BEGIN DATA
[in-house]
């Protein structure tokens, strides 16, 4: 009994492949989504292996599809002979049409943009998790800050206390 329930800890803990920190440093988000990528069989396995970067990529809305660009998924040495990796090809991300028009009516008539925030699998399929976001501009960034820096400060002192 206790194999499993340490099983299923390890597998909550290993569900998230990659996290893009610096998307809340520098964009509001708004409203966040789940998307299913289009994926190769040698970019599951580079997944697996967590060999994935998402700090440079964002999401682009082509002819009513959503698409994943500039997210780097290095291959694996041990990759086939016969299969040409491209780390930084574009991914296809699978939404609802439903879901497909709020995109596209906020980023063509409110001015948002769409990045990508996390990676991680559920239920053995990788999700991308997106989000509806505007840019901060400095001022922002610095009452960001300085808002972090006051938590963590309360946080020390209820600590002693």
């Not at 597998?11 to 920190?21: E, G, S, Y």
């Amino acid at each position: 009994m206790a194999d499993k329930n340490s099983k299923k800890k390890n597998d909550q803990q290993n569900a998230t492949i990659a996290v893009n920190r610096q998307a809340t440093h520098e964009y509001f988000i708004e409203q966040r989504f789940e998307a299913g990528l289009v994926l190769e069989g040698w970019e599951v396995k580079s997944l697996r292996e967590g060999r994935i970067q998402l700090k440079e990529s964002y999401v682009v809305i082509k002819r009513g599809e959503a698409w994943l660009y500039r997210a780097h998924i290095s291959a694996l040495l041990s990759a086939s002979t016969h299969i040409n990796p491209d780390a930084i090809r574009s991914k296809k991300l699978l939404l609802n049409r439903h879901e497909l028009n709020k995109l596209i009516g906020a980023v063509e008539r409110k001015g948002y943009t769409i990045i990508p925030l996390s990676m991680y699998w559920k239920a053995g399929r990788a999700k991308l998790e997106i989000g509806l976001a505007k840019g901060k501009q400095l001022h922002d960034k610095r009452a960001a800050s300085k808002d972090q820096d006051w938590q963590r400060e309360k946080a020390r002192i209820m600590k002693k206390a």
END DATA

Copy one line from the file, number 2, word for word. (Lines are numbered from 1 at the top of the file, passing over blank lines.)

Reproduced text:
């Protein structure tokens, strides 16, 4: 009994492949989504292996599809002979049409943009998790800050206390 329930800890803990920190440093988000990528069989396995970067990529809305660009998924040495990796090809991300028009009516008539925030699998399929976001501009960034820096400060002192 206790194999499993340490099983299923390890597998909550290993569900998230990659996290893009610096998307809340520098964009509001708004409203966040789940998307299913289009994926190769040698970019599951580079997944697996967590060999994935998402700090440079964002999401682009082509002819009513959503698409994943500039997210780097290095291959694996041990990759086939016969299969040409491209780390930084574009991914296809699978939404609802439903879901497909709020995109596209906020980023063509409110001015948002769409990045990508996390990676991680559920239920053995990788999700991308997106989000509806505007840019901060400095001022922002610095009452960001300085808002972090006051938590963590309360946080020390209820600590002693």